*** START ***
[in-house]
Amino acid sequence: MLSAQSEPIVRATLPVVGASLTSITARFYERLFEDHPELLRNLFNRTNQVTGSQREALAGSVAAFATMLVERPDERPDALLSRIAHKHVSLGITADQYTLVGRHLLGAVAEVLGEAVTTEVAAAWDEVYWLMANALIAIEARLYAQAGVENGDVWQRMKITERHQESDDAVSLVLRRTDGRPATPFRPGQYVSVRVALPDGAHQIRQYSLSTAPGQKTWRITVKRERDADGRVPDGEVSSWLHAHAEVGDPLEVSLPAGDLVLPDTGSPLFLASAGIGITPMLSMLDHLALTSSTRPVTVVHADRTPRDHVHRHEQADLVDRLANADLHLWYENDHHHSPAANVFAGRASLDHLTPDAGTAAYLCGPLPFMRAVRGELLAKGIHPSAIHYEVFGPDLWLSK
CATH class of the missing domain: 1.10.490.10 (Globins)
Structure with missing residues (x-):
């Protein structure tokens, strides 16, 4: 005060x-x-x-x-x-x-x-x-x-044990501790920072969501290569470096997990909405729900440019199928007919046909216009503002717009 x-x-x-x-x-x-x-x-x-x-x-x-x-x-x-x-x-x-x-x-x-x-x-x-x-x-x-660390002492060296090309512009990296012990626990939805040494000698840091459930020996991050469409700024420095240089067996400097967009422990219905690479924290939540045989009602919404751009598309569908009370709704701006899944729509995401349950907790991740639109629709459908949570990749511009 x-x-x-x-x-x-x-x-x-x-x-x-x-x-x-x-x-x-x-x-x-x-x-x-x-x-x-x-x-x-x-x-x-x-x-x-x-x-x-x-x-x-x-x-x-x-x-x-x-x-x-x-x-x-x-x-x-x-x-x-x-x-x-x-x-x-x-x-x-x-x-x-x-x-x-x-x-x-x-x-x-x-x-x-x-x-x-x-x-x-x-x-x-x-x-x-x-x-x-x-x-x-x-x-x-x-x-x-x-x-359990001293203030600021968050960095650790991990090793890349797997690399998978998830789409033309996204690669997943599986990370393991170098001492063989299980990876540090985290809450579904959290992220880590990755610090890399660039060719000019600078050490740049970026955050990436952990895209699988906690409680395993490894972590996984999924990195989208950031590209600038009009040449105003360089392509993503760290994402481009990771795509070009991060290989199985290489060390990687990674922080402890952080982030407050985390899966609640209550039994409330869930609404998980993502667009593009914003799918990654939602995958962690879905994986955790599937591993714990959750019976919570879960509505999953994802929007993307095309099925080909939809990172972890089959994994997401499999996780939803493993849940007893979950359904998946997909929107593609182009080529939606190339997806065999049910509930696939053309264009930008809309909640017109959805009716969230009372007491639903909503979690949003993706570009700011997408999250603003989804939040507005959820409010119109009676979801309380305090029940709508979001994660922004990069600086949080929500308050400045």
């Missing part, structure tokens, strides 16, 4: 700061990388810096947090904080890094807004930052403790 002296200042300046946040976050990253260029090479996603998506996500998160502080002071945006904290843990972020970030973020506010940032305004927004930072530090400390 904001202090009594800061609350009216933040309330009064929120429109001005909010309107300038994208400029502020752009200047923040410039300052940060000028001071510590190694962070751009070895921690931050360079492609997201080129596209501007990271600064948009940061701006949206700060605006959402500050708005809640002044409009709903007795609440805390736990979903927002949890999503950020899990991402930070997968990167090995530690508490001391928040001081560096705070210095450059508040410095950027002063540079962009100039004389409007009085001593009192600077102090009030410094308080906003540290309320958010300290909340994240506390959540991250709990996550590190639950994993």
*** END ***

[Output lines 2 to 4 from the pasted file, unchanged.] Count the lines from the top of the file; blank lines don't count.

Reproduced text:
Amino acid sequence: MLSAQSEPIVRATLPVVGASLTSITARFYERLFEDHPELLRNLFNRTNQVTGSQREALAGSVAAFATMLVERPDERPDALLSRIAHKHVSLGITADQYTLVGRHLLGAVAEVLGEAVTTEVAAAWDEVYWLMANALIAIEARLYAQAGVENGDVWQRMKITERHQESDDAVSLVLRRTDGRPATPFRPGQYVSVRVALPDGAHQIRQYSLSTAPGQKTWRITVKRERDADGRVPDGEVSSWLHAHAEVGDPLEVSLPAGDLVLPDTGSPLFLASAGIGITPMLSMLDHLALTSSTRPVTVVHADRTPRDHVHRHEQADLVDRLANADLHLWYENDHHHSPAANVFAGRASLDHLTPDAGTAAYLCGPLPFMRAVRGELLAKGIHPSAIHYEVFGPDLWLSK
CATH class of the missing domain: 1.10.490.10 (Globins)
Structure with missing residues (x-):